Why I'm So Addicted to Shark Tank

Jul 11, 2018 at 1:00 p.m. ET
Still from 'Shark Tank'
Image: ABC.

ABC’s show Shark Tank is underappreciated by television viewers. That might sound like a bold statement, but it’s a show that draws you in with one simple hook: believing in a product, believing in a dream.

More: 12 Shark Tank Items You Can Buy on Amazon

Entrepreneurs are trying to pitch their bright ideas, but that’s the outward appearance of what is happening on the show. Shark Tank makes us believe that the American dream is still attainable in 2018, despite all of the negative headlines.

Not every product is a winner with the Sharks, but some products still resonate with viewers and become successes all on their own. People come to the show from all walks of life to fund their businesses, and it’s fascinating to see their creativity. Although we aren’t motivated to appear on Shark Tank anytime soon, we are inspired by the show and it's giving us some solid life advice.

Here’s why you should be watching Shark Tank too.

The easy sell

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There’s nothing better than eating a cupcake after a celebratory day or a sad day. Wicked Good Cupcakes came on the show in April 2013 and wowed the snarkiest Shark of them all, Kevin O'Leary, aka Mr. Wonderful. Anyone can make a decent cupcake and sell it, but Wicked Good Cupcakes sells them out of mason jars. You can eat them with a spoon, and they are easy to ship. 

Shark Tank took this easy-to-sell product and made it easy to buy. Mother-daughter owners Tracey Noonan and Danielle Vilagie took their company from $150,000 in sales to $10 million in sales by 2016 with over 30 employees. One simple idea just needed a big boost from a Shark. It makes you wish you had come up with a wicked good anything. 

More: Kym Johnson Herjavec & Robert Herjavec Share Pic — & Names — of Newborn Twins

Getting a no

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It may seem like the end of the world when none of the Sharks are willing to invest in your company, but a no doesn't necessarily mean they hate your product. Shark Barbara Corcoran advised owners Becky App and Abby Jordan "to keep doing what you're doing" with their online ice cream sales company, eCreamery. She thought they were on the right track and could do it on their own.

It turns out Corcoran was right, and the duo wound up discovering that sometimes a win is disguised as a loss. Their appearance on Shark Tank created a huge demand for their ice cream. They hired new chefs, opened a customer service call center and funded a production facility.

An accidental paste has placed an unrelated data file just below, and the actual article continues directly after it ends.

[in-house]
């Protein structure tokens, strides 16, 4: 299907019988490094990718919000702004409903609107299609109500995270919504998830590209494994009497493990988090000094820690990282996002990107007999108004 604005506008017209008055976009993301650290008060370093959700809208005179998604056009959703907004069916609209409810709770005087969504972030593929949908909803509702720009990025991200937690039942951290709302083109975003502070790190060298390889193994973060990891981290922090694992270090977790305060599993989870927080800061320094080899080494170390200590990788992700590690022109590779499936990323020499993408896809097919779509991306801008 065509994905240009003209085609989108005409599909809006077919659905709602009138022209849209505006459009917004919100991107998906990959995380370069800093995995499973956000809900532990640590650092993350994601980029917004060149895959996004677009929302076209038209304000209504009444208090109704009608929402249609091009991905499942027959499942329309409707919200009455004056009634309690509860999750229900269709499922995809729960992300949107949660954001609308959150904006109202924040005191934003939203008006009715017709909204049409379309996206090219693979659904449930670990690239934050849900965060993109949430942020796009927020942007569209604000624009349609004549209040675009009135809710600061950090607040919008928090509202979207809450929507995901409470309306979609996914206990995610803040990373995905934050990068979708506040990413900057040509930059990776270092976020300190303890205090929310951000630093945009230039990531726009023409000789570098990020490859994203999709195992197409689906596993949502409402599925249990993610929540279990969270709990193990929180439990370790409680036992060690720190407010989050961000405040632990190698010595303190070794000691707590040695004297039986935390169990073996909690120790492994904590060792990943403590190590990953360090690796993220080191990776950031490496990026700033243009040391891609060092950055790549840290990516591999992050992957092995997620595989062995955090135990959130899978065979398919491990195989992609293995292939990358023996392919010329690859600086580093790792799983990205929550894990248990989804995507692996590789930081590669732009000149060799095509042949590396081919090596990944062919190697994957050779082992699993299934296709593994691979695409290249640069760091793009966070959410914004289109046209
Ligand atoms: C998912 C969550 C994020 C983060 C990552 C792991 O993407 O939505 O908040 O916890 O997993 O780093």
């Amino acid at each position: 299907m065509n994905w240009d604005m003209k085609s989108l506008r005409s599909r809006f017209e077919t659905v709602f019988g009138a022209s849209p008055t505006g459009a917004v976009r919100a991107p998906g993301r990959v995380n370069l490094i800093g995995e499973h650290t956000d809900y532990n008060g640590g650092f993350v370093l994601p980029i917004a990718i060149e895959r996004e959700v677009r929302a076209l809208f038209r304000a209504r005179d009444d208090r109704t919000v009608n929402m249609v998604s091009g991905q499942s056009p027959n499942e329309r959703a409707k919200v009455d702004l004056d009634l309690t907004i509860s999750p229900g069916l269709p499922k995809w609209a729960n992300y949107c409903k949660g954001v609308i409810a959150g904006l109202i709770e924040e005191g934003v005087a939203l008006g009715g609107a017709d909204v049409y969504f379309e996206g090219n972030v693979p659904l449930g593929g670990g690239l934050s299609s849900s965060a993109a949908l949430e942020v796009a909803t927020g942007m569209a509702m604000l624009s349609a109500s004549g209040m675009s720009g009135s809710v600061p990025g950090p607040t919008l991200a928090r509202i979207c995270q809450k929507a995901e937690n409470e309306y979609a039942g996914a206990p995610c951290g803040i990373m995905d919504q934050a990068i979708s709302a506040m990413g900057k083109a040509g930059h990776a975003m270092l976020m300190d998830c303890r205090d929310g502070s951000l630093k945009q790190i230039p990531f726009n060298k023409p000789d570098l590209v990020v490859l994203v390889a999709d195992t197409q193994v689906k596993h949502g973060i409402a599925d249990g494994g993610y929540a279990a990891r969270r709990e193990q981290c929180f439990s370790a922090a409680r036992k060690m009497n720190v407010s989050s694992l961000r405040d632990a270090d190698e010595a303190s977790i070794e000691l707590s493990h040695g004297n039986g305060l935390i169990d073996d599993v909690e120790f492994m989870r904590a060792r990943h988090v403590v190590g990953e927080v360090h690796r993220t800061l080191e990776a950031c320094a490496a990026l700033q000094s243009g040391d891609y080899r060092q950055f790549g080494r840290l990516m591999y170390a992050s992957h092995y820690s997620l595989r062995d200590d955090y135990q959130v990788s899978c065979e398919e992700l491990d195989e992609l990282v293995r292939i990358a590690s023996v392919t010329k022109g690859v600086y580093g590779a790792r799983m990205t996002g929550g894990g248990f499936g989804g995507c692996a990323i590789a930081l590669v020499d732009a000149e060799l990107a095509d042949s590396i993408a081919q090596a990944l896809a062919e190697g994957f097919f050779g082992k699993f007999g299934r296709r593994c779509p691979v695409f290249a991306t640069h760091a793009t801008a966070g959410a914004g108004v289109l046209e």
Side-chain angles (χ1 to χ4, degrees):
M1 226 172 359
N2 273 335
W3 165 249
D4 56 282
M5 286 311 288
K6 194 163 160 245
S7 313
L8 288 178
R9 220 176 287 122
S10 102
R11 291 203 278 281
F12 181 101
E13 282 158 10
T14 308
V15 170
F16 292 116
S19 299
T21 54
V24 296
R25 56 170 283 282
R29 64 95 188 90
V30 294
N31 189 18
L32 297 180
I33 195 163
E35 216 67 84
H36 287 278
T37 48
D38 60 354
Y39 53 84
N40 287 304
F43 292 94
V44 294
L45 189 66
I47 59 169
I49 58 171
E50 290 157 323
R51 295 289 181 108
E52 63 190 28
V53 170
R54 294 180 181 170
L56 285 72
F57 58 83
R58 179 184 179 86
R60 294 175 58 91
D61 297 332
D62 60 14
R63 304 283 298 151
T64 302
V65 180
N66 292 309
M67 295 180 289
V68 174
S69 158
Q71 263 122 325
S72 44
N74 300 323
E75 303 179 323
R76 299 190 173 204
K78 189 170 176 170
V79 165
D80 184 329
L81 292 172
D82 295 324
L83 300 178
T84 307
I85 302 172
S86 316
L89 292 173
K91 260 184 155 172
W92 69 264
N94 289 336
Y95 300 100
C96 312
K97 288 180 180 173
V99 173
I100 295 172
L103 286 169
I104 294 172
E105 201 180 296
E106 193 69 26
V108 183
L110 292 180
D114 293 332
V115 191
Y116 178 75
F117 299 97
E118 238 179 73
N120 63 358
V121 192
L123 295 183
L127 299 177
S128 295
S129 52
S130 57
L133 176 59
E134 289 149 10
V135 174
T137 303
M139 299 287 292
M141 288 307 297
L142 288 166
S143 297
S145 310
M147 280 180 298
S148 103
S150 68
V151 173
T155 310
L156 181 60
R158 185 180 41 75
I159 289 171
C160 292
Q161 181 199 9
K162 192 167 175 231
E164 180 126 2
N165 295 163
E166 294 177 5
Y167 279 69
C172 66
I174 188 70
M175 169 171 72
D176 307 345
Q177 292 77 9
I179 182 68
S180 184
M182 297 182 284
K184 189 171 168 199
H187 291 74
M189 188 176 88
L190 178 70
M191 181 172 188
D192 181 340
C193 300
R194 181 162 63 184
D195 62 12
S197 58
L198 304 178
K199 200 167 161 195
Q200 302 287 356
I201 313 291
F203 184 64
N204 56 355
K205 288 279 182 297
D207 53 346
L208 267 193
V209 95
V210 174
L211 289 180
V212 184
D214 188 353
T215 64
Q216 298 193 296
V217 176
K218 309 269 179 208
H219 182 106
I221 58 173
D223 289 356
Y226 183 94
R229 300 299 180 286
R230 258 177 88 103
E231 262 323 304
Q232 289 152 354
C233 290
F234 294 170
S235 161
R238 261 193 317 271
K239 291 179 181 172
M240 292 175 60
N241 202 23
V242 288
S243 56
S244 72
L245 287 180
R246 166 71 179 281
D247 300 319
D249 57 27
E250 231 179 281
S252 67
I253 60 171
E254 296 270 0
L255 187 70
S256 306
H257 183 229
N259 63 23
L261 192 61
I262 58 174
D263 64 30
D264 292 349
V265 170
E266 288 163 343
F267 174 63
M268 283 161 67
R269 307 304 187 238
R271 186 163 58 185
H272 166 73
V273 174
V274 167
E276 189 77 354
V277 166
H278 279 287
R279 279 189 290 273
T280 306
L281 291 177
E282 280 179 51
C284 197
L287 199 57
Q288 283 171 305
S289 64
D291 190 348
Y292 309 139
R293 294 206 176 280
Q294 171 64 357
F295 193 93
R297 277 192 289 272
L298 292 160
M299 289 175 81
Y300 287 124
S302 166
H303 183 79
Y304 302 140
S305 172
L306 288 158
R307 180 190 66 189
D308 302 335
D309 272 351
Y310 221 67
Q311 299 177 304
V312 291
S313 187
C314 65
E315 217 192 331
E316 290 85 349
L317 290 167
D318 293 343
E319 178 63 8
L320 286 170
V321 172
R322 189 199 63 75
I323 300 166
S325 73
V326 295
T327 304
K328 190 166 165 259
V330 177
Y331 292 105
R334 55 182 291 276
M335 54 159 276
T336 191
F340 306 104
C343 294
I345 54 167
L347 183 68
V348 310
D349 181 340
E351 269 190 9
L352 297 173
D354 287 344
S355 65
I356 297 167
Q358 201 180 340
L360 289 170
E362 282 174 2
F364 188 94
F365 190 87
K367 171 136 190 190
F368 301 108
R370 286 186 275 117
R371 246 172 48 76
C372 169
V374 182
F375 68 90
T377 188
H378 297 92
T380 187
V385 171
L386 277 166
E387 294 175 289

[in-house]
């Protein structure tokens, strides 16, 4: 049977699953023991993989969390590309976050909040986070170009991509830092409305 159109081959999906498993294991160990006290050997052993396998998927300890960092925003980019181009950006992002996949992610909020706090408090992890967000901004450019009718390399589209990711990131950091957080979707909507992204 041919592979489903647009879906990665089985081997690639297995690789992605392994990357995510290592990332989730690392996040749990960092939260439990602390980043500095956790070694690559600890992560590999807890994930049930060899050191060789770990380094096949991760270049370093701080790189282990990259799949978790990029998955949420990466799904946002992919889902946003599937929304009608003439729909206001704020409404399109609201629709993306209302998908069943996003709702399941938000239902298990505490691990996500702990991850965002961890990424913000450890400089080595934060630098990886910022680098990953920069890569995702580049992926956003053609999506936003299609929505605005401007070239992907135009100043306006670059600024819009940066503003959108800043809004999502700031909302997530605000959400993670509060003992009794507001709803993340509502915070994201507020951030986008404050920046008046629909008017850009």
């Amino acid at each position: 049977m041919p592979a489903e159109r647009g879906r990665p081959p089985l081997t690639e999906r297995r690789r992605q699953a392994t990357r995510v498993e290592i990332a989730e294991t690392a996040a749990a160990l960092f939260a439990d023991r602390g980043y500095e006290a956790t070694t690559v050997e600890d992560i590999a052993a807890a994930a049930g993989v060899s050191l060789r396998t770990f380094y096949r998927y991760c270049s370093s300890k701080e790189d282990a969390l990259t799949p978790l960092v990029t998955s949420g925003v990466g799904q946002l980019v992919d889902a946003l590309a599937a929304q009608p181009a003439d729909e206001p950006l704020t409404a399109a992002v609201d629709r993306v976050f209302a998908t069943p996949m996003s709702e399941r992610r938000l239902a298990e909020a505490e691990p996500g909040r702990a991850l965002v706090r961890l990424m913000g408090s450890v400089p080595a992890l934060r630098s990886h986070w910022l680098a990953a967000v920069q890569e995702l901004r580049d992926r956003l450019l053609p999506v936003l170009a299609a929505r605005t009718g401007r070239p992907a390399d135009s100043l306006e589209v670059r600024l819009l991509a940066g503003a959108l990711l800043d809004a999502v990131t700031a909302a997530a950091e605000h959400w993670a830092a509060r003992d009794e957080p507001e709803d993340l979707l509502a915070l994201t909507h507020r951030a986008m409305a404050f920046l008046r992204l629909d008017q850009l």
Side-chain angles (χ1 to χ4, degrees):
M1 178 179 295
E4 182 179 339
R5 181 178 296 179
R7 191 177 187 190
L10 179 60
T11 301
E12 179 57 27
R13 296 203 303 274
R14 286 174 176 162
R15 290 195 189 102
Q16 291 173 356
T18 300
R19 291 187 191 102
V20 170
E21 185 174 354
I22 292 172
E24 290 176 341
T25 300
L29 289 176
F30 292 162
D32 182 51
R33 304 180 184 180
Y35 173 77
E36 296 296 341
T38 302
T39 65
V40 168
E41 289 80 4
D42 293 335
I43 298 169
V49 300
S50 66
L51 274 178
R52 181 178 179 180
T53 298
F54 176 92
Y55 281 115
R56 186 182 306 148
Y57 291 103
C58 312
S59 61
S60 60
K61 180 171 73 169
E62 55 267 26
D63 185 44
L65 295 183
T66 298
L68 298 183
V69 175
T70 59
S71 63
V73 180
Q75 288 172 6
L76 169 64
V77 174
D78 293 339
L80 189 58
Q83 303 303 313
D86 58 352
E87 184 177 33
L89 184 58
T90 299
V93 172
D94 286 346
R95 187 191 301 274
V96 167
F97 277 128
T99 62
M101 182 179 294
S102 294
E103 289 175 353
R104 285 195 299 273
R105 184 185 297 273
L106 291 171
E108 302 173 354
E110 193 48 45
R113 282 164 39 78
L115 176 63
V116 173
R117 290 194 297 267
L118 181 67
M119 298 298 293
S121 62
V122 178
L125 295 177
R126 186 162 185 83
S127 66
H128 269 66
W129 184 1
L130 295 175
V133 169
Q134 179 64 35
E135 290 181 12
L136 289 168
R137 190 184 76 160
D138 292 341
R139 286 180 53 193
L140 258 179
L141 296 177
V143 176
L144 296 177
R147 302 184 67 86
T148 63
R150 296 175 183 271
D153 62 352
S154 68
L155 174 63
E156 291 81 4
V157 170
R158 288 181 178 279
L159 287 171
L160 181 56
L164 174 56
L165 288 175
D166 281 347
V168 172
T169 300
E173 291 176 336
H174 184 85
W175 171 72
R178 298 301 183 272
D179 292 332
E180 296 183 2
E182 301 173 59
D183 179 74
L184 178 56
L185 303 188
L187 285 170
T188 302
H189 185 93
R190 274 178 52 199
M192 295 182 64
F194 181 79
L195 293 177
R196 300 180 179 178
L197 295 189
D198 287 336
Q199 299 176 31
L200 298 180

"We are now swimming in orders instead of swimming with the sharks," App said.

It's proof that we don't always have to run to Oprah Winfrey for advice. Sometimes we just need a good dose of Shark Tank.

Sometimes you bomb

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Cheek'd, an online dating service — but in reverse — totally bombed on Shark Tank. The idea was to give a Cheek'd business card to a potential suitor you met in person. Instead of handing out your personal information, the suitor goes and views your Cheek'd profile. In theory, it sounds like a great idea, but Tinder, Match and Bumble are all doing just fine, thank you.

In fact, Mark Cuban eviscerated Cheek'd owner Lori Cheek on the air: “I have a rule. When people come in who are delusional, I have to say I’m out. I’m out.”

That didn't stop Cheek from persisting in her mission to make her business a success. She stuck by the old mantra that no press is bad press, and she took her criticism like a champ.

“If you’re resilient enough, can handle criticism and can spin failure, appearing on the Shark Tank can be life-altering in the most amazing way," she told CreditSesame.com in 2016.

Cheek made a lot of lemonade out of lemons from her experience. She managed to raise the money on her own and hired a chief technology officer, and the app is still going strong in 2018.

More: The 10 Best Shark Tank Products

Sometimes we just shake our heads

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The Switch Witch is designed to be the Elf on the Shelf, but for Halloween. The Switch Witch is a plush doll with a book about a witch who visits on Halloween and takes children's candy. In exchange for the candy, she leaves a non-edible gift behind. 

Well, the shamers came out in full force because they think parents should be able to monitor what their kids eat. The Sharks didn't love it because they felt the product only had a 24-hour window to be enjoyed. The inventors, Rob Bouley and his sister-in-law Lara Riley, originally created the idea because of a young family member with a food allergy. 

They didn't make a deal and the Switch Witch isn't a must-have toy for Halloween, but we definitely have to hand it to Bouley and Riley for persevering despite all of the negativity. Sometimes a passion project requires only a few passionate people to believe in you and your project — and that's the beauty of the American dream.

Shark Tank will be moving from Friday to Sunday at 9/8c in the fall. Are you going to watch?

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